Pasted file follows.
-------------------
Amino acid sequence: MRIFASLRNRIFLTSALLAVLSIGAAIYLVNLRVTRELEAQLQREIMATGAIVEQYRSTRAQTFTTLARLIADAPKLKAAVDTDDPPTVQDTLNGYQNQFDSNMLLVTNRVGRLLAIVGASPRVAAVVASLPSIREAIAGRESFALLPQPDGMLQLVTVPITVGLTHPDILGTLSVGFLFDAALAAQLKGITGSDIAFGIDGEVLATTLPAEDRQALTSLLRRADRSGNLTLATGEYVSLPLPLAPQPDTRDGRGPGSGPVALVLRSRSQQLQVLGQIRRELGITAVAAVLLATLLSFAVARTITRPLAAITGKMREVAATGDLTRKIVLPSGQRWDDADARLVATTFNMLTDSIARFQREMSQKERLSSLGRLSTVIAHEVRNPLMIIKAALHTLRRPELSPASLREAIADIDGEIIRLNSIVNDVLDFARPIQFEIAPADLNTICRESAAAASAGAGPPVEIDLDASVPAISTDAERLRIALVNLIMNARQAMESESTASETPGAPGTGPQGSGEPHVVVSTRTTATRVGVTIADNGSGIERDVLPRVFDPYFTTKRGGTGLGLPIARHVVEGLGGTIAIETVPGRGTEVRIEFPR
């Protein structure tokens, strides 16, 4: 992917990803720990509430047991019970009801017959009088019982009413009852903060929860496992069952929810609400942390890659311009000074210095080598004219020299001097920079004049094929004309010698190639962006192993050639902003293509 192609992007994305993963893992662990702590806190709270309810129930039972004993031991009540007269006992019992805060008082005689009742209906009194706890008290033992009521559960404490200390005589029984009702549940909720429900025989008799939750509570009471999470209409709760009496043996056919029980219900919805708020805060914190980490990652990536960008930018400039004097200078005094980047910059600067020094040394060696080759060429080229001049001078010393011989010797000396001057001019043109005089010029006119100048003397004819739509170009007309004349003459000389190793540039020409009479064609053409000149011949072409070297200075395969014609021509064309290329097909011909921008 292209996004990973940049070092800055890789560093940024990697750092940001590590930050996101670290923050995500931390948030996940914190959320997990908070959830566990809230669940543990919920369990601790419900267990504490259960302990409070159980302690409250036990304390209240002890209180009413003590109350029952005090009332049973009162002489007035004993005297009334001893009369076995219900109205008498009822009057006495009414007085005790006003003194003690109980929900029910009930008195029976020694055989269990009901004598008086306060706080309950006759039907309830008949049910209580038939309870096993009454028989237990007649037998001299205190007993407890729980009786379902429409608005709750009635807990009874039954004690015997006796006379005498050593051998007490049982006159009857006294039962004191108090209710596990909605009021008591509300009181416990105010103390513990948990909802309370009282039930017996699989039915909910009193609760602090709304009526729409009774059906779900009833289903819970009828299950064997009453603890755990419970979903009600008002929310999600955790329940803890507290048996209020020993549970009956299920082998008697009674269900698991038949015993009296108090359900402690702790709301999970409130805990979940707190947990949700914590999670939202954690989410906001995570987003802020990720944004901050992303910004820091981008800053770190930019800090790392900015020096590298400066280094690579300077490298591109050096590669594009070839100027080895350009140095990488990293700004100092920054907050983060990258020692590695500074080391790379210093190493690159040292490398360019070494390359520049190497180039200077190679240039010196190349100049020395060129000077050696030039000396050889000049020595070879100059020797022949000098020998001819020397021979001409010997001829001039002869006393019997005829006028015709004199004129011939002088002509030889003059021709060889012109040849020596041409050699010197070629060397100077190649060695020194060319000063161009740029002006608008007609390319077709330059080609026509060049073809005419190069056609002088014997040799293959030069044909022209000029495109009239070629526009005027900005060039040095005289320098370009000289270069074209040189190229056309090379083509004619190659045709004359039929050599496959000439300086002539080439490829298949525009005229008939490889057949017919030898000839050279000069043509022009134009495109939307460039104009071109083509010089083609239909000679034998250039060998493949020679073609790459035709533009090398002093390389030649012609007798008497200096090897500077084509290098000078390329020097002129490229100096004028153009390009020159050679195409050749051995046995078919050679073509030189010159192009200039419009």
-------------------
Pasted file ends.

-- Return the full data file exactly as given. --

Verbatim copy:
Amino acid sequence: MRIFASLRNRIFLTSALLAVLSIGAAIYLVNLRVTRELEAQLQREIMATGAIVEQYRSTRAQTFTTLARLIADAPKLKAAVDTDDPPTVQDTLNGYQNQFDSNMLLVTNRVGRLLAIVGASPRVAAVVASLPSIREAIAGRESFALLPQPDGMLQLVTVPITVGLTHPDILGTLSVGFLFDAALAAQLKGITGSDIAFGIDGEVLATTLPAEDRQALTSLLRRADRSGNLTLATGEYVSLPLPLAPQPDTRDGRGPGSGPVALVLRSRSQQLQVLGQIRRELGITAVAAVLLATLLSFAVARTITRPLAAITGKMREVAATGDLTRKIVLPSGQRWDDADARLVATTFNMLTDSIARFQREMSQKERLSSLGRLSTVIAHEVRNPLMIIKAALHTLRRPELSPASLREAIADIDGEIIRLNSIVNDVLDFARPIQFEIAPADLNTICRESAAAASAGAGPPVEIDLDASVPAISTDAERLRIALVNLIMNARQAMESESTASETPGAPGTGPQGSGEPHVVVSTRTTATRVGVTIADNGSGIERDVLPRVFDPYFTTKRGGTGLGLPIARHVVEGLGGTIAIETVPGRGTEVRIEFPR
């Protein structure tokens, strides 16, 4: 992917990803720990509430047991019970009801017959009088019982009413009852903060929860496992069952929810609400942390890659311009000074210095080598004219020299001097920079004049094929004309010698190639962006192993050639902003293509 192609992007994305993963893992662990702590806190709270309810129930039972004993031991009540007269006992019992805060008082005689009742209906009194706890008290033992009521559960404490200390005589029984009702549940909720429900025989008799939750509570009471999470209409709760009496043996056919029980219900919805708020805060914190980490990652990536960008930018400039004097200078005094980047910059600067020094040394060696080759060429080229001049001078010393011989010797000396001057001019043109005089010029006119100048003397004819739509170009007309004349003459000389190793540039020409009479064609053409000149011949072409070297200075395969014609021509064309290329097909011909921008 292209996004990973940049070092800055890789560093940024990697750092940001590590930050996101670290923050995500931390948030996940914190959320997990908070959830566990809230669940543990919920369990601790419900267990504490259960302990409070159980302690409250036990304390209240002890209180009413003590109350029952005090009332049973009162002489007035004993005297009334001893009369076995219900109205008498009822009057006495009414007085005790006003003194003690109980929900029910009930008195029976020694055989269990009901004598008086306060706080309950006759039907309830008949049910209580038939309870096993009454028989237990007649037998001299205190007993407890729980009786379902429409608005709750009635807990009874039954004690015997006796006379005498050593051998007490049982006159009857006294039962004191108090209710596990909605009021008591509300009181416990105010103390513990948990909802309370009282039930017996699989039915909910009193609760602090709304009526729409009774059906779900009833289903819970009828299950064997009453603890755990419970979903009600008002929310999600955790329940803890507290048996209020020993549970009956299920082998008697009674269900698991038949015993009296108090359900402690702790709301999970409130805990979940707190947990949700914590999670939202954690989410906001995570987003802020990720944004901050992303910004820091981008800053770190930019800090790392900015020096590298400066280094690579300077490298591109050096590669594009070839100027080895350009140095990488990293700004100092920054907050983060990258020692590695500074080391790379210093190493690159040292490398360019070494390359520049190497180039200077190679240039010196190349100049020395060129000077050696030039000396050889000049020595070879100059020797022949000098020998001819020397021979001409010997001829001039002869006393019997005829006028015709004199004129011939002088002509030889003059021709060889012109040849020596041409050699010197070629060397100077190649060695020194060319000063161009740029002006608008007609390319077709330059080609026509060049073809005419190069056609002088014997040799293959030069044909022209000029495109009239070629526009005027900005060039040095005289320098370009000289270069074209040189190229056309090379083509004619190659045709004359039929050599496959000439300086002539080439490829298949525009005229008939490889057949017919030898000839050279000069043509022009134009495109939307460039104009071109083509010089083609239909000679034998250039060998493949020679073609790459035709533009090398002093390389030649012609007798008497200096090897500077084509290098000078390329020097002129490229100096004028153009390009020159050679195409050749051995046995078919050679073509030189010159192009200039419009």